Recently, I attended CodeX’s fourth annual FutureLaw 2016 conference, which was hosted by the Stanford Center for Legal Informatics. The conference featured an impressive group of speakers and attendees, who ranged from academics and policy makers to lawyers, investors, engineers and entrepreneurs. The conference focused on how technology is changing the landscape of the legal profession, the law itself, and how these changes will eventually impact us all.
I had the honor of participating in one of three breakaway sessions on “Barriers to LegalTech Adoption and Possible Solutions.” Our moderator, Monica Bay, facilitated an interactive discussion with Elizabeth Lowell, Stanford; Ralph Baxter, CodeX; Brad Newman, Cooley; Joshua Walker, Airbus Silicon Valley; Nick Abrahams, Norton Rose Fulbright and myself on key issues surrounding successful legal technology adoption.
Some of the other topics discussed at the conference included the challenges of selling into the legal market, the emergence of in-house legal operations and their influence on the adoption of legal technologies, and how emerging technology entrants can bring new ideas to the legal market. From the discussions, it became clear that many companies are building legal operations groups and are preparing to inject greater change within their in-house legal organizations and the company/law firm relationship to make legal services more efficient for everyone. This change is being viewed as a positive step in motivating the legal industry to more readily embrace software solutions.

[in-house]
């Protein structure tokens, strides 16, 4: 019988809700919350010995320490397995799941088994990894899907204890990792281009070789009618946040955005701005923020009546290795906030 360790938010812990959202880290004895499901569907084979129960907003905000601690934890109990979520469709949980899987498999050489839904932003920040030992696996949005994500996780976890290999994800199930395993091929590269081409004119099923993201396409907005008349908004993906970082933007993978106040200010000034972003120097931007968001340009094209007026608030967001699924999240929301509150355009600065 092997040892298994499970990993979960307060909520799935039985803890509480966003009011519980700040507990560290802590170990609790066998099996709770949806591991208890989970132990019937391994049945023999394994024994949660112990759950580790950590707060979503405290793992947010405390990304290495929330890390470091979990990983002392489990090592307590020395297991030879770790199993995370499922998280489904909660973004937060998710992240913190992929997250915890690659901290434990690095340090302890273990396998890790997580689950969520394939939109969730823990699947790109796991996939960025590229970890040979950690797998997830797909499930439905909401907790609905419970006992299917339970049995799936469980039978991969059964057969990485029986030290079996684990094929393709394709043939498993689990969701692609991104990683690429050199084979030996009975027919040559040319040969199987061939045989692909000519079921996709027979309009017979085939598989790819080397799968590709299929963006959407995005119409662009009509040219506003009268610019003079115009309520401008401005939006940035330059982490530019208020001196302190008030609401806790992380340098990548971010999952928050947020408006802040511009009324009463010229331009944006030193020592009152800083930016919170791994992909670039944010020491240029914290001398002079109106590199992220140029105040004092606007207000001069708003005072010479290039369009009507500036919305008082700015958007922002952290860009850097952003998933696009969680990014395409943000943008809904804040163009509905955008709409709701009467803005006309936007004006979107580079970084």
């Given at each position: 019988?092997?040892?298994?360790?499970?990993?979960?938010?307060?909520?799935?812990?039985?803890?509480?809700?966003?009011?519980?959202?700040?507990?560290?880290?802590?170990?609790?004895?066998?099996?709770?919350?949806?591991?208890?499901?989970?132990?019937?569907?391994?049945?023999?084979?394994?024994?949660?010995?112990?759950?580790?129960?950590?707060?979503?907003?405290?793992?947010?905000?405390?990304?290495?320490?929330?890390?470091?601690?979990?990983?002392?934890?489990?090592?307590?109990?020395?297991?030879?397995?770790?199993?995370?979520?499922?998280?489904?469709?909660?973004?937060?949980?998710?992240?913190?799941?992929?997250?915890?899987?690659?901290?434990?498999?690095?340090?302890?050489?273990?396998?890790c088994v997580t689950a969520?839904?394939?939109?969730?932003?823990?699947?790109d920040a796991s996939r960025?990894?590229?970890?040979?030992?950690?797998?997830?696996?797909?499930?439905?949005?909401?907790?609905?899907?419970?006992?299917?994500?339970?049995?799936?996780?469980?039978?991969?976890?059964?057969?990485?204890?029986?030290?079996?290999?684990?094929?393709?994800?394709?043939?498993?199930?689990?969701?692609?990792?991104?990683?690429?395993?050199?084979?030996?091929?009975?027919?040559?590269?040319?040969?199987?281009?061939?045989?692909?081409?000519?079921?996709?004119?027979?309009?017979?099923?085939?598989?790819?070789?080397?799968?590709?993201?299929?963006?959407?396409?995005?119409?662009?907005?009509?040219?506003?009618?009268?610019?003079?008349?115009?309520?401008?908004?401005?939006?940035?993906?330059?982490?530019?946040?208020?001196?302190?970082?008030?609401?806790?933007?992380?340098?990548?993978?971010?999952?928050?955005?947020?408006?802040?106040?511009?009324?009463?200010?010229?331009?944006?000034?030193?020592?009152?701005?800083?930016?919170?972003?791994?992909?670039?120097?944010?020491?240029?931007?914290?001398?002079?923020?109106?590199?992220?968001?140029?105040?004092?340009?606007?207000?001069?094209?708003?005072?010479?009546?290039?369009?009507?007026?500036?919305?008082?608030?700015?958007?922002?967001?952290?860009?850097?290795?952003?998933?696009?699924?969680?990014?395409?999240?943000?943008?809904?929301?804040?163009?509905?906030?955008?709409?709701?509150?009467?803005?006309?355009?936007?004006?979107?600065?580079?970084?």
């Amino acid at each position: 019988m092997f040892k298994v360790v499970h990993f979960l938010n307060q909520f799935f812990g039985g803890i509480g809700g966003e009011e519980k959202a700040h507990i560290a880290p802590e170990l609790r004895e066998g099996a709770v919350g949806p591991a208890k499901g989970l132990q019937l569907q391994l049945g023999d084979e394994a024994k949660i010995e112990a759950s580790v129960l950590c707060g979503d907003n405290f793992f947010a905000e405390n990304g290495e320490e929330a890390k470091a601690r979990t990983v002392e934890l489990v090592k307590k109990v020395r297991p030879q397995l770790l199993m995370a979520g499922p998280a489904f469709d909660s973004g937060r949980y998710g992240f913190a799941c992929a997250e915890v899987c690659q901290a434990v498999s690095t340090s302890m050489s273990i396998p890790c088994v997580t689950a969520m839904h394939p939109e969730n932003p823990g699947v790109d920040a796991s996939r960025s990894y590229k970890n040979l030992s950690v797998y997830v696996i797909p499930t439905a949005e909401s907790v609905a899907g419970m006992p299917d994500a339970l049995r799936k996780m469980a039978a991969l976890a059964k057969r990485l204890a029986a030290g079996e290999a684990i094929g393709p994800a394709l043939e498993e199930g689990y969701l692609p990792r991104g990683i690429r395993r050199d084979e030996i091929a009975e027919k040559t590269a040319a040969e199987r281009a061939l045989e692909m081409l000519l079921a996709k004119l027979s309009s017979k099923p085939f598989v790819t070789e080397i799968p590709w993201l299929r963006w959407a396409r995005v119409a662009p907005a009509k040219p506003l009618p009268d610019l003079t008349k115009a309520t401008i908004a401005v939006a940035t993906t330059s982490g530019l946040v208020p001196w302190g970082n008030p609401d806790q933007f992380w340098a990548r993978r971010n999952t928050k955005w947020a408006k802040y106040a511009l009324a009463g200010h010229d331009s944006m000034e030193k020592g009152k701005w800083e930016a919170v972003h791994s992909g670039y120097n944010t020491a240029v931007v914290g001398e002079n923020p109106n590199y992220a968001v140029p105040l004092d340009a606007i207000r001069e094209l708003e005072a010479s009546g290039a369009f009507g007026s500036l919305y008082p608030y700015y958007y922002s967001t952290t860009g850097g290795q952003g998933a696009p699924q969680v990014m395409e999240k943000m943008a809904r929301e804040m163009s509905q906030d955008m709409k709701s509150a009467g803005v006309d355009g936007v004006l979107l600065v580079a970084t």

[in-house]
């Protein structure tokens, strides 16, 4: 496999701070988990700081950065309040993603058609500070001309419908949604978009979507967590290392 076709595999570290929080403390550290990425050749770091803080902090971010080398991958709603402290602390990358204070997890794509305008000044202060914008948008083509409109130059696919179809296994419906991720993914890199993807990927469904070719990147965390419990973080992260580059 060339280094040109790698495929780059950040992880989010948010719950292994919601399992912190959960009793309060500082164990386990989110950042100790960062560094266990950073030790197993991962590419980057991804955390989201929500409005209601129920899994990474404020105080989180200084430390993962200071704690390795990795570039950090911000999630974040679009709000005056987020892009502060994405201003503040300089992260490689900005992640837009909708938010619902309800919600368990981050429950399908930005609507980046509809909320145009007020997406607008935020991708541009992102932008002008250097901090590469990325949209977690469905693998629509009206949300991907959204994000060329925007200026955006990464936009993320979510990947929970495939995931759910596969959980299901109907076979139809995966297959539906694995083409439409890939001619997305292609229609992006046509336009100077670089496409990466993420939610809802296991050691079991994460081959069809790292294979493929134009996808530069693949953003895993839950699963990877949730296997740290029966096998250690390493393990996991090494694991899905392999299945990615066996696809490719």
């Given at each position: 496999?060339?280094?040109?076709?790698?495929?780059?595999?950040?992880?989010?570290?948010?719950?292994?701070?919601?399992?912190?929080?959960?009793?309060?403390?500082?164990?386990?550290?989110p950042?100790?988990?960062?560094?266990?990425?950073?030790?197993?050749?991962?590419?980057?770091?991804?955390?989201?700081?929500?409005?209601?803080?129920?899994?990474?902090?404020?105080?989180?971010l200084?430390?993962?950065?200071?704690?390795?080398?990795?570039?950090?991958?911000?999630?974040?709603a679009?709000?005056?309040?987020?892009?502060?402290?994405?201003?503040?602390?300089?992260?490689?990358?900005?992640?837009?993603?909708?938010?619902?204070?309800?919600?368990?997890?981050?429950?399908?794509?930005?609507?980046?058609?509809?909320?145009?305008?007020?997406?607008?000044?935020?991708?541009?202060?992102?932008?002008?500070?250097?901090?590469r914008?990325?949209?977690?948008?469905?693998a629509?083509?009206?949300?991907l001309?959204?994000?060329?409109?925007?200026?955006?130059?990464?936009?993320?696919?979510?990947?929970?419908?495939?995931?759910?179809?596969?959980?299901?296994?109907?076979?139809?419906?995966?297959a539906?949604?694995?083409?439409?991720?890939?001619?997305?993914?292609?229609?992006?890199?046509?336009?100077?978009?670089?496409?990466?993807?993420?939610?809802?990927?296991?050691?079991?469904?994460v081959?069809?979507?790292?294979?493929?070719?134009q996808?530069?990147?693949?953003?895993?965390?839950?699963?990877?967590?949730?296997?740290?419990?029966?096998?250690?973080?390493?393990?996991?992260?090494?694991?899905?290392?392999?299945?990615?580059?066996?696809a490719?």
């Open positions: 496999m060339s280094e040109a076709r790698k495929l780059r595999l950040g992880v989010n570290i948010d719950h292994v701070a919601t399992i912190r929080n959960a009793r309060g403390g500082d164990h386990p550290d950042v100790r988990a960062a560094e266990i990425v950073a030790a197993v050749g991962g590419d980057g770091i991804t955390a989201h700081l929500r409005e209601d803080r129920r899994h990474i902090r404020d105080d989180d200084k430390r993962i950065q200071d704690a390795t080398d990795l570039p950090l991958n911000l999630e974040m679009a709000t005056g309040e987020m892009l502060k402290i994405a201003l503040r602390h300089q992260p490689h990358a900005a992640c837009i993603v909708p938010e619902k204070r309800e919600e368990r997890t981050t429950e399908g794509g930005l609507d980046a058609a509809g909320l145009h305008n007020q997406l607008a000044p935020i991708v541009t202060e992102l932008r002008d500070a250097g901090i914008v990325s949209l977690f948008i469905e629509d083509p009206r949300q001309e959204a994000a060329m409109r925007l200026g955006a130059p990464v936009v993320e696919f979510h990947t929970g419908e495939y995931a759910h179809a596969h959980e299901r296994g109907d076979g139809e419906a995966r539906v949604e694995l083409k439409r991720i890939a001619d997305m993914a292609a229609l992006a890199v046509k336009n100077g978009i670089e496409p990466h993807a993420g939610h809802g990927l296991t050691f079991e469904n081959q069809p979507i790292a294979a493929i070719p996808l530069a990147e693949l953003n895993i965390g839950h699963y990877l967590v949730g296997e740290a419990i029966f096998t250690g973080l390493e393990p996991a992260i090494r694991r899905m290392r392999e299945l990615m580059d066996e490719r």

Also discussed was that software products truly need to be built with the end user in mind. As a former legal executive at a Fortune 500 company, I was often surprised to receive pitches for technology solutions that seemed to be seeking a problem to solve, rather than addressing an immediate need that my team and I were confronting.
Lastly, software platforms, which provide open, third-party technology interfaces, resulted in a lively discussion. The initial thinking was that there was an inevitable need for consolidation within the legal technology market. The counter point was that such consolidation only needs to occur if there aren’t platform providers which can easily integrate third-party solutions.
It was encouraging to see that there is clearly a tech-driven transformation of our legal system underway. Exciting times are ahead!